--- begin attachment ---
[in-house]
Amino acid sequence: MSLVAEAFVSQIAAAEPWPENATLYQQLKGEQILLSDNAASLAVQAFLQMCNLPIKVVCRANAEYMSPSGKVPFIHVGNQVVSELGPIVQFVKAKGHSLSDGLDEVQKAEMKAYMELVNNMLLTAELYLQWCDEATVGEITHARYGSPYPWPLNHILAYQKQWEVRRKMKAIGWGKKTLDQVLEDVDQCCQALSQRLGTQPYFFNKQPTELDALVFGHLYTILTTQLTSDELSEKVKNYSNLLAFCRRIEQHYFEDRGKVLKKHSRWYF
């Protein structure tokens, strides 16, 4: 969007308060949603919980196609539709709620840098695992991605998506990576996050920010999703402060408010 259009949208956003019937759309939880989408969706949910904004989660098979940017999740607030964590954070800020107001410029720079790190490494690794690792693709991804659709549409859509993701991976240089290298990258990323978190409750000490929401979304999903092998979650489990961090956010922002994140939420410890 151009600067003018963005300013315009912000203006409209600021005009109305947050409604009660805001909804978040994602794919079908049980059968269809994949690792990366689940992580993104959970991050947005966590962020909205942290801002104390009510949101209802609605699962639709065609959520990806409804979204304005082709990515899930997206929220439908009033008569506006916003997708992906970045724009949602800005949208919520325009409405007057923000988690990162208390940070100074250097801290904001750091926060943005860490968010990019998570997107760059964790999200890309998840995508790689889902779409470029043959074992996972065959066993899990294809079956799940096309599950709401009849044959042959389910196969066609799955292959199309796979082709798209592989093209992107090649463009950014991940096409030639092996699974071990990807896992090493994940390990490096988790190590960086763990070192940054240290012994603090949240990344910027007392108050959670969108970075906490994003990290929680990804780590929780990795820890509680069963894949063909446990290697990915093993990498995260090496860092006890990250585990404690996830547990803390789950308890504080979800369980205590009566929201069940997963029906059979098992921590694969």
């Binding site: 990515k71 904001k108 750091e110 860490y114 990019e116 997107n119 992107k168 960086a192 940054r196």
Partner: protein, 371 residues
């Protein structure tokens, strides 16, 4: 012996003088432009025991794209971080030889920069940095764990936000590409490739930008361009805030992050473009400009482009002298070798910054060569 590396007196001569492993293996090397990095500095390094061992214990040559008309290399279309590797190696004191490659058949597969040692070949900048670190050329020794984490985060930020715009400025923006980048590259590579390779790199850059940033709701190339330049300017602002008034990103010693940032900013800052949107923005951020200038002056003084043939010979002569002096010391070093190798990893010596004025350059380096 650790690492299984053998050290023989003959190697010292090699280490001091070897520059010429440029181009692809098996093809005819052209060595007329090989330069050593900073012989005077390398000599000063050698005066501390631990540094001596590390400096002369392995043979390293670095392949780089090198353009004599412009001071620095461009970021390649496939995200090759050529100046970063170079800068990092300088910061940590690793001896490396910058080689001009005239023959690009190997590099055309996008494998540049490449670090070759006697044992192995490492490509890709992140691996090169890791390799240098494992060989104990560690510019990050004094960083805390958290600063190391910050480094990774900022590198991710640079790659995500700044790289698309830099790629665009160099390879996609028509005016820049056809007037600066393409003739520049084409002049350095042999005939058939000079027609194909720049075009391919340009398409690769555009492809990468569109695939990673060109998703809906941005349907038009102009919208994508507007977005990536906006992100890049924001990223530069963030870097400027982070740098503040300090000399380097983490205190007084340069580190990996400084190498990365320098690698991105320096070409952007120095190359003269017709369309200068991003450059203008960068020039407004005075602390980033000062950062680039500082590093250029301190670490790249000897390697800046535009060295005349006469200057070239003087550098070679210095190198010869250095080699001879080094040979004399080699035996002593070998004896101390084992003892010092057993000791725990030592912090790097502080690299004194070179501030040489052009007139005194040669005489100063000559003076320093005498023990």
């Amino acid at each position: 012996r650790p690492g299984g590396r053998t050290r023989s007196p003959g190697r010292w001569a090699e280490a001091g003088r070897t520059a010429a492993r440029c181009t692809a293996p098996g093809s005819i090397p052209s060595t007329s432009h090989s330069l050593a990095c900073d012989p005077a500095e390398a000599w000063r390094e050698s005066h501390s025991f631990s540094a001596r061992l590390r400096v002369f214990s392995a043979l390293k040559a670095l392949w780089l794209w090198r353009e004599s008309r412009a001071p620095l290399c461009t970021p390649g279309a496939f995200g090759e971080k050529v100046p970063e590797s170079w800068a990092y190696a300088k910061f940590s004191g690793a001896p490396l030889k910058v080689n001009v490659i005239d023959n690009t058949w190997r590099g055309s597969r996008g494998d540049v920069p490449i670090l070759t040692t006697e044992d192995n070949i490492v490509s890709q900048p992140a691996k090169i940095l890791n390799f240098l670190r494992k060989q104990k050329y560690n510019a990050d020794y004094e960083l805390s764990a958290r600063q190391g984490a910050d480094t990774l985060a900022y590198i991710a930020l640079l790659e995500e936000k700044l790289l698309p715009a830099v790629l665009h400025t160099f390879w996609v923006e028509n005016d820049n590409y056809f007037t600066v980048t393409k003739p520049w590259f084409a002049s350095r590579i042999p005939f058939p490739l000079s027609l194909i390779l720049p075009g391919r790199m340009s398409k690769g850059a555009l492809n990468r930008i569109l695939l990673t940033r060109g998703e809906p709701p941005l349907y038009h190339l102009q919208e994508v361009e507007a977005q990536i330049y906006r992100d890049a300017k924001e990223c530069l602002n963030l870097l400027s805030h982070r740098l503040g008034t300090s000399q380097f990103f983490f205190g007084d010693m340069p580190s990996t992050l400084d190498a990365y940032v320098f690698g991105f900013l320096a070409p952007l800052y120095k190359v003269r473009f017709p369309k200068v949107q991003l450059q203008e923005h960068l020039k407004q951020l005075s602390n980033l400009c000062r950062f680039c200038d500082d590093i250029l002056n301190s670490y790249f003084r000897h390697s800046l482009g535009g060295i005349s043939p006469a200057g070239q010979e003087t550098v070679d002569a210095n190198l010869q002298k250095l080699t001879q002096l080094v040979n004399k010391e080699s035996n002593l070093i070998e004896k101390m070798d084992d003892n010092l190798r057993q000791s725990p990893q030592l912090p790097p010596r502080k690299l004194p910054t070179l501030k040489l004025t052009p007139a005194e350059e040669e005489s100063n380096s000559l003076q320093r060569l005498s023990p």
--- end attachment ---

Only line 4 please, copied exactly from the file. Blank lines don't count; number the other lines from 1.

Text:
């Binding site: 990515k71 904001k108 750091e110 860490y114 990019e116 997107n119 992107k168 960086a192 940054r196």